Robert S. Mendelsohn

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Robert S. Mendelsohn (1926 – 1988) was an American pediatrician and critic of medical paternalism, inveighing against pediatric practice, obstetric orthodoxy and the effect of the preponderance of male obstetricians, and vaccination. He also opposed water fluoridation, coronary bypass surgery, licensing of nutritionists, and the routine use of X-rays.[1]

For 12 years, Mendelsohn was an instructor at Northwestern University Medical College, and was associate professor of pediatrics and community health and preventive medicine at the University of Illinois College of Medicine for another 12 years.

Mendelsohn was president of the alternative medicine National Health Federation (NHF) between 1981 and 1982. He also served as National Director of Project Head Start's Medical Consultation Service (a position he was later forced to resign after criticizing the public school system), and as Chairman of the Medical Licensing Committee of Illinois.

Mendelsohn wrote a syndicated newspaper column called The People's Doctor, and also produced a newsletter with the same name (the newsletter continued after his death until 1992, under the name The Doctor's People.[2]) He published five books, including Confessions of a Medical Heretic[3] and Mal(e) Practice: How Doctors Manipulate Women.[4] He appeared on over 500 television and radio talk shows.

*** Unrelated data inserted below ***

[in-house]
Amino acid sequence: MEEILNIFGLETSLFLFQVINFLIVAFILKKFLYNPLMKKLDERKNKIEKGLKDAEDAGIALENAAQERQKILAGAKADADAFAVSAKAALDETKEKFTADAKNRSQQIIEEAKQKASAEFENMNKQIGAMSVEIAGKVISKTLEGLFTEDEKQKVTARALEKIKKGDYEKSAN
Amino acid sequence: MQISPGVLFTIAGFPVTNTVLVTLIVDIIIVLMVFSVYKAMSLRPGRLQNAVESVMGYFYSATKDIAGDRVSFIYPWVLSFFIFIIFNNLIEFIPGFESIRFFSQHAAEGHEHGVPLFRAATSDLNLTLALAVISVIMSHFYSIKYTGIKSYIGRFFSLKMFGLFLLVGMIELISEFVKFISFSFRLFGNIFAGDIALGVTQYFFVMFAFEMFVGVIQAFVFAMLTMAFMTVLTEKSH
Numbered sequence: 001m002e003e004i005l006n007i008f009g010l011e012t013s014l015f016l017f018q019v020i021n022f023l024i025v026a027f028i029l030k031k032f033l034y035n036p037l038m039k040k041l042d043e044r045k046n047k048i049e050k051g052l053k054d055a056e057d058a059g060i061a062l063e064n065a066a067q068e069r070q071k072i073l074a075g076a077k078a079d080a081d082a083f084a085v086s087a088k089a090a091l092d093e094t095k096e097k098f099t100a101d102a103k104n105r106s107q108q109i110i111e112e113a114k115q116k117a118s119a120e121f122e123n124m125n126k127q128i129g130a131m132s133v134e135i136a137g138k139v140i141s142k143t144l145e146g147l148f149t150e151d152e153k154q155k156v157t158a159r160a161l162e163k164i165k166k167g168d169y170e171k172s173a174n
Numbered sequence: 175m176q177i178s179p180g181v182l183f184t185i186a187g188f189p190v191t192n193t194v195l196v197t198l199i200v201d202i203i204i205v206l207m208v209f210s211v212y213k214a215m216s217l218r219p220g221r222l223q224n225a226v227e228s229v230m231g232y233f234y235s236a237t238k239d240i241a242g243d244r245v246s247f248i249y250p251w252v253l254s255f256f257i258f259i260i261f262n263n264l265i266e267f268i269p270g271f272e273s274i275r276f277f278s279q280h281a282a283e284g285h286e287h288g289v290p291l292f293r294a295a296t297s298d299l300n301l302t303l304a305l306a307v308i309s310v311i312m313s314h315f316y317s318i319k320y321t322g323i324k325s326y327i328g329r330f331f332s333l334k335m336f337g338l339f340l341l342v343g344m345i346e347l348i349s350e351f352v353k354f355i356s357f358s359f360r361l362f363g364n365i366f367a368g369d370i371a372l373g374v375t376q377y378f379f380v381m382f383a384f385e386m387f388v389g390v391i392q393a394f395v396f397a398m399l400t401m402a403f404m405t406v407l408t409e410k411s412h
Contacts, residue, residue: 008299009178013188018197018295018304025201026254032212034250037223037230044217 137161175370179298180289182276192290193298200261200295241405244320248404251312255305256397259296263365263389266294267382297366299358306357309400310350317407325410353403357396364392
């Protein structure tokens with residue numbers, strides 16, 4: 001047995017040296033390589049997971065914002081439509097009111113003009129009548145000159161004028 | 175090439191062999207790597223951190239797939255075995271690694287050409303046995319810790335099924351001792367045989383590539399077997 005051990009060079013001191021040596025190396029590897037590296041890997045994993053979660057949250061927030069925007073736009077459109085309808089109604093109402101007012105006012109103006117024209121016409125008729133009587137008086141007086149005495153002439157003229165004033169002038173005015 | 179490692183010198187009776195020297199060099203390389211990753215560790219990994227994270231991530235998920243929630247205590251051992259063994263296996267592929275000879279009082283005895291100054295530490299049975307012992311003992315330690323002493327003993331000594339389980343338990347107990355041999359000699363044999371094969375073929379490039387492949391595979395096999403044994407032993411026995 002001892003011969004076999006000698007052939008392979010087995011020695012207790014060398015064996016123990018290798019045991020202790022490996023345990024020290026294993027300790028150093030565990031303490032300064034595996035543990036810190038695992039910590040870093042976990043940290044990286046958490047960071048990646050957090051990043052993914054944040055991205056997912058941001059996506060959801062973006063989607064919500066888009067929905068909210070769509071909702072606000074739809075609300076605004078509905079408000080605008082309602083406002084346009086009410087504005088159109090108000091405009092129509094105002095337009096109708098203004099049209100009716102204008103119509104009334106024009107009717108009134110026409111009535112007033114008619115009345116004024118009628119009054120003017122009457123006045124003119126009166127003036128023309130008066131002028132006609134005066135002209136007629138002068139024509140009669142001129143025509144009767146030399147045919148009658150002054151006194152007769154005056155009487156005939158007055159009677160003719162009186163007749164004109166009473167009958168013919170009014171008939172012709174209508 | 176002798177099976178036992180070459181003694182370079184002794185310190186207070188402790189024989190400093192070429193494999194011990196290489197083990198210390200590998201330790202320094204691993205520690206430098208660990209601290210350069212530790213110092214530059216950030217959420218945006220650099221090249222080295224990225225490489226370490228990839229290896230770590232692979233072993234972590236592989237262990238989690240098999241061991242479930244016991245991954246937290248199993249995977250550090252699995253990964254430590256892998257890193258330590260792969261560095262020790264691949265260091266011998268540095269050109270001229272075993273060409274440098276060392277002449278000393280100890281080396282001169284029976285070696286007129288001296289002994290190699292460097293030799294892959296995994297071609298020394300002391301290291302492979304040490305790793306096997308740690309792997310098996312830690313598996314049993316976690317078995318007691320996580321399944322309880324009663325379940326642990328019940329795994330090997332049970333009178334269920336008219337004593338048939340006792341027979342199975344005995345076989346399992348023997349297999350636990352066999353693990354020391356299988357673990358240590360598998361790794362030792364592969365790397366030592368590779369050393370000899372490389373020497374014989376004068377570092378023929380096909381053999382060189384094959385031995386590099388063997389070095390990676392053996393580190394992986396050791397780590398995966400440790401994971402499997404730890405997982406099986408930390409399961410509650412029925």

Mendelsohn received his medical degree from the University of Chicago in 1951.

Criticism of medicine[edit]

Mendelsohn asserted issues regarding drug induced nutritional deficits and other 'subtle' drug side effects, such as aspirin's interference with blood clotting factors[citation needed] and its propensity to reduce levels of Vitamin C.[citation needed]

Mendelsohn said that the greatest danger to American women's health was often their own doctors, and contended that chauvinistic physicians subjected female patients to degrading, unnecessary and often dangerous medical procedures. Cancer treatments like hysterectomy and radical mastectomy, according to Mendelsohn, were among the most indiscriminately recommended surgical procedures.[citation needed]


He died April 5, 1988 at his home in Evanston, Illinois[5] of acute cardiac arrest. Mendelsohn also suffered from diabetes.[1]


  • 1982, Male Practice: How Doctors Manipulate Women, ISBN 0-8092-5721-1
  • 1987, How To Raise a Healthy Child In Spite of Your Doctor, NTC/Contemporary Publishing Company, ISBN 0-8092-4995-2
  • 1991, Confessions of a Medical Heretic, ISBN 0-8092-7726-3 (This book was first published in 1980)


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